It sure seems that way. Minnesota has been thriving under Democratic leadership for the last several years, and we had a bit of moderate progressive legislation passed…but the Republicans got a majority in the last election, and are bound and determined to eradicate all the successes of the past. It’s as if they just don’t like people.

Progressive policies enacted in Minnesota’s largest cities in recent years are at risk from Republicans who control the state Legislature as they seek to block, undo or change local ordinances on everything from sick leave and the minimum wage to plastic bags and bike lanes.

Sick leave? Minimum wage? Bike lanes? They don’t like bike lanes?!?! They don’t have any kind of positive intent or agenda, so they’re just going to tear down what previous legislators accomplished. Their justification is also as racist as fuck.

“Clearly the cultural values of Minneapolis are drastically out of alignment with greater Minnesota, so there’s going to be conflicts,” said Rep. Pat Garofalo, R-Farmington, author of a bill that would block cities from passing their own labor rules.

Key words there: “greater Minnesota” is a phrase that refers to all of the state except for Minneapolis/St Paul. To put it in words more familiar to out-of-staters, he wants to block any support for the cultural values of those urban people, hint hint, nudge nudge.

He’s wrong, of course. There are a lot of us out here in “greater Minnesota” who have progressive values, and find these damned dumb regressive yokels to be an embarrassment.

We’ve got to work to kick these slugs out of office in the next election.

Our ‘liberal’ media at work

Krugman nails it:

One thing is certain: The media reaction to the Syria strike showed that many pundits and news organizations have learned nothing from past failures.

Mr. Trump may like to claim that the media are biased against him, but the truth is that they’ve bent over backward in his favor. They want to seem balanced, even when there is no balance; they have been desperate for excuses to ignore the dubious circumstances of his election and his erratic behavior in office, and start treating him as a normal president.

You may recall how, a month and a half ago, pundits eagerly declared that Mr. Trump “became the president of the United States today” because he managed to read a speech off a teleprompter without going off script. Then he started tweeting again.

One might have expected that experience to serve as a lesson. But no: The U.S. fired off some missiles, and once again Mr. Trump “became president.” Aside from everything else, think about the incentives this creates. The Trump administration now knows that it can always crowd out reporting about its scandals and failures by bombing someone.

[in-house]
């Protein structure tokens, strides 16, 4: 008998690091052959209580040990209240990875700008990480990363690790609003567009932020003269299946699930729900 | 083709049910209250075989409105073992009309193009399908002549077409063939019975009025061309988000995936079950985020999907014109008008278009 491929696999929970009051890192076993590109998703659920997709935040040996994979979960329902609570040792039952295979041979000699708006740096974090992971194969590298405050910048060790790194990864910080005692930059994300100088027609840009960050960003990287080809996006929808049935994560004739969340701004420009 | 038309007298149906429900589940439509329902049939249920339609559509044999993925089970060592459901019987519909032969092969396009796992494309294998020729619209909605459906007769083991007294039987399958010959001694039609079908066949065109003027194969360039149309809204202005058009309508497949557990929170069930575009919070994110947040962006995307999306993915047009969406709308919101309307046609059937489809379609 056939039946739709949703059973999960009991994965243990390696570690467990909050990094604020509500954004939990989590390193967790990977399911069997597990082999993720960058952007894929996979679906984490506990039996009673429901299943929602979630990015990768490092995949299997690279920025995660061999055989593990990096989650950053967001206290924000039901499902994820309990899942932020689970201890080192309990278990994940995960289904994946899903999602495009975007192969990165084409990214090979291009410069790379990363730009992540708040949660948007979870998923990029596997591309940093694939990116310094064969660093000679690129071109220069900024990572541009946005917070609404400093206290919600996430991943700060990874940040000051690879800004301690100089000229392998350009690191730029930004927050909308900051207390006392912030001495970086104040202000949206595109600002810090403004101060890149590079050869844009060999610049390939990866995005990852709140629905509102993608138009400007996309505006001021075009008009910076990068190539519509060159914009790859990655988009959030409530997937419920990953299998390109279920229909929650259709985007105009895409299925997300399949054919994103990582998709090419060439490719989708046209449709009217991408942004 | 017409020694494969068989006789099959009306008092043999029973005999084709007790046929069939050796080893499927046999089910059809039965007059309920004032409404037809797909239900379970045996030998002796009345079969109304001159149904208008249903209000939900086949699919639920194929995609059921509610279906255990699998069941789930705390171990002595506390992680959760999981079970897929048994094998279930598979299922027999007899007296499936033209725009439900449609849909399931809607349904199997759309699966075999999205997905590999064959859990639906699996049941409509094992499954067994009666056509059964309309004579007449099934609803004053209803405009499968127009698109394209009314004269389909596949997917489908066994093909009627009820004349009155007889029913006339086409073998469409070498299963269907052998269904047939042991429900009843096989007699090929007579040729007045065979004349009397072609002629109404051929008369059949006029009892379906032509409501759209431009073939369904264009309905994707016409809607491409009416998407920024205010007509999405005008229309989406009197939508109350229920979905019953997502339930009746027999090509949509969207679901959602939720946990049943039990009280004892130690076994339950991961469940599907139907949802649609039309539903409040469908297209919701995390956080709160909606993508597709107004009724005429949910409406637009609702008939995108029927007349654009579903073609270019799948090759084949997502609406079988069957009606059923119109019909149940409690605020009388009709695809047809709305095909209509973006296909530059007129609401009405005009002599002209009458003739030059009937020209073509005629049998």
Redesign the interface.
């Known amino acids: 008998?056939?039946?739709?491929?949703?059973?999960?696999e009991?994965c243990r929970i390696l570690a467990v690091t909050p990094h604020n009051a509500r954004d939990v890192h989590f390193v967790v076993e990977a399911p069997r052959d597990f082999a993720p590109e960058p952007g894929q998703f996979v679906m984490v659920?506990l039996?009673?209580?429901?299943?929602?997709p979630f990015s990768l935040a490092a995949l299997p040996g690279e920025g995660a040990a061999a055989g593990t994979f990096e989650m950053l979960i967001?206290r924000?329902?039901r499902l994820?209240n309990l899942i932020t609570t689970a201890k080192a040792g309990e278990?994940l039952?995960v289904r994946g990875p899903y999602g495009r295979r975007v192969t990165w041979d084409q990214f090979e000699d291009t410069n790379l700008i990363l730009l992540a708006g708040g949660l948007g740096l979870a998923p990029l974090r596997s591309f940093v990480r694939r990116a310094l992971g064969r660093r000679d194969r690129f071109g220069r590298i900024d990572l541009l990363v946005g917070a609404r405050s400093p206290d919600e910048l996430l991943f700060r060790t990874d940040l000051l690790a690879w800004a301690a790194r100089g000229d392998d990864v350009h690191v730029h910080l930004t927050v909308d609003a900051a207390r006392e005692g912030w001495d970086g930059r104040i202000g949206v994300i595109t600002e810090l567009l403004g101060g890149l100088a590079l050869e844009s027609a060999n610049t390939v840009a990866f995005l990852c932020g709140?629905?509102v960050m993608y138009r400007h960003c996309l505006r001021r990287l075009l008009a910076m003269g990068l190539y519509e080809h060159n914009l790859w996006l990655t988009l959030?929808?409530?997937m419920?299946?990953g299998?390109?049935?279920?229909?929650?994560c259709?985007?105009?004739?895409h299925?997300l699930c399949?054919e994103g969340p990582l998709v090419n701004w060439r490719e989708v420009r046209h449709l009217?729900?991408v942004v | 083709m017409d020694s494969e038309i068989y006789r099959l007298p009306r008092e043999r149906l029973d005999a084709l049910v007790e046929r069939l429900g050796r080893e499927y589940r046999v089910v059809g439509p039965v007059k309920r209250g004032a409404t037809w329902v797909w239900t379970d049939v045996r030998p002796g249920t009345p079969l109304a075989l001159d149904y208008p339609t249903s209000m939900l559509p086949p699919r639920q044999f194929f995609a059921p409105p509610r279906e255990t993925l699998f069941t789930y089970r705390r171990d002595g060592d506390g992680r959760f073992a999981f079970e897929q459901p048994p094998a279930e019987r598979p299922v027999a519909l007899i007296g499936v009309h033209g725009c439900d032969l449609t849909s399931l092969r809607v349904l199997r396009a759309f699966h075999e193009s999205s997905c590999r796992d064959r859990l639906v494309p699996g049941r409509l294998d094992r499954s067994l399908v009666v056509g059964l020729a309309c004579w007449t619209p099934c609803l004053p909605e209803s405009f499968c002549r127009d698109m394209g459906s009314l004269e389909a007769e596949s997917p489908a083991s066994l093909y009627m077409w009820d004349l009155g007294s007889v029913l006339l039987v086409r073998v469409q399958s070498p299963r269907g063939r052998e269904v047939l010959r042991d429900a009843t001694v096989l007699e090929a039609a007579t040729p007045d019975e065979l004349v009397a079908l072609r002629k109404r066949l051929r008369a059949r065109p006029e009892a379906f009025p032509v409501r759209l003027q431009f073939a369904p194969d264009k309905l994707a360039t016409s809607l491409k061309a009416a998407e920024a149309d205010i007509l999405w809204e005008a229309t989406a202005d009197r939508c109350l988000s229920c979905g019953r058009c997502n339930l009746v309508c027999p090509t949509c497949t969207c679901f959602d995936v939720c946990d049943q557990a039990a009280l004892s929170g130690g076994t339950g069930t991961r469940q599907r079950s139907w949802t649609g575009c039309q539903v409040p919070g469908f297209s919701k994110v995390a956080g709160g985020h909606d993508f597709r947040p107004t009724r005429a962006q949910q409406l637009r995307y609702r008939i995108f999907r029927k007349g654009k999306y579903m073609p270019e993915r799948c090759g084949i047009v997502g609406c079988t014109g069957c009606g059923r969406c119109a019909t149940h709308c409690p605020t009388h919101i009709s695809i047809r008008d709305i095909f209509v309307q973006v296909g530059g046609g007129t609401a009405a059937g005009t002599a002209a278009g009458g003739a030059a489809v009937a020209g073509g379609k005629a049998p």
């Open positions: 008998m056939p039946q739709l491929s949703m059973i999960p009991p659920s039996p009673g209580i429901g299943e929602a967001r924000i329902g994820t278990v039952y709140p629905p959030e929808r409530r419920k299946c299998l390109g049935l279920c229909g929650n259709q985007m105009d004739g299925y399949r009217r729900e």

Every time I think maybe the media are growing a spine and showing some appreciation of their responsibilities: they see the prospect of a war that will boost their ratings, and suddenly they’re orgasming over missiles. I’m looking at you, Fareed Zakaria and Brian Williams. Fuck you all. Get off the air.


Those darned humanities professors, teaching about literature and words and history and all that fuzzy stuff.

The course is titled “The Wandering Uterus: Journeys through Gender, Race, and Medicine” and gets its name from one of the ancient “causes” of hysteria. The uterus was believed to wander around the body like an animal, hungry for semen. If it wandered the wrong direction and made its way to the throat there would be choking, coughing or loss of voice, if it got stuck in the the rib cage, there would be chest pain or shortness of breath, and so on. Most any symptom that belonged to a female body could be attributed to that wandering uterus. “Treatments,” including vaginal fumigations, bitter potions, balms, and pessaries made of wool, were used to bring that uterus back to its proper place. “Genital massage,” performed by a skilled physician or midwife, was often mentioned in medical writings. The triad of marriage, intercourse, and pregnancy was the ultimate treatment for the semen-hungry womb. The uterus was a troublemaker and was best sated when pregnant.

But that’s ancient history! No one could believe that after the Middle Ages!

It just got transmogrified in the 19th century.

It was believed that hysteria, also known as neurasthenia, could be set off by a plethora of bad habits including reading novels (which caused erotic fantasies), masturbation, and homosexual or bisexual tendencies resulting in any number of symptoms such as seductive behaviors, contractures, functional paralysis, irrationality, and general troublemaking of various kinds. There are pages and pages of medical writings outing hysterics as great liars who willingly deceive. The same old “treatments” were enlisted—genital massage by an approved provider, marriage and intercourse—but some new ones included ovariectomies and cauterization of the clitoris.

Oh, those Victorians! No one believes that kind of crap now.

This wasn’t just any fall semester. There couldn’t have been a more appropriate time to consider the history of hysteria than September 2016, the week following Hillary Clinton’s collapse from pneumonia at the 9/11 ceremonies, an event that tipped #HillarysHealth into a national obsession. Rudolph Giuliani said that she looked sick and encouraged people to google “Hillary Clinton illness.” Trump focused on her coughing or “hacking” as if the uterus were still making its perambulations up to the throat.

For many months, Hillary had been pathologized as the shrill shrew who was too loud and outspoken, on the one hand, and the weak sick one who didn’t have the strength or stamina to be president on the other. We discussed journalist Gail Collins’ assessment of the various levels of sexism afoot in the campaign. On the topic of Hillary’s health, Collins wrote, “this is nuts, but not necessarily sexist.” We, in the Wandering Uterus, wholeheartedly disagreed. But, back in September, we did not understand how deeply entrenched these sinister mythologies had already become.

But that was 2016! We know so much more now, in 2017!

Irony alert!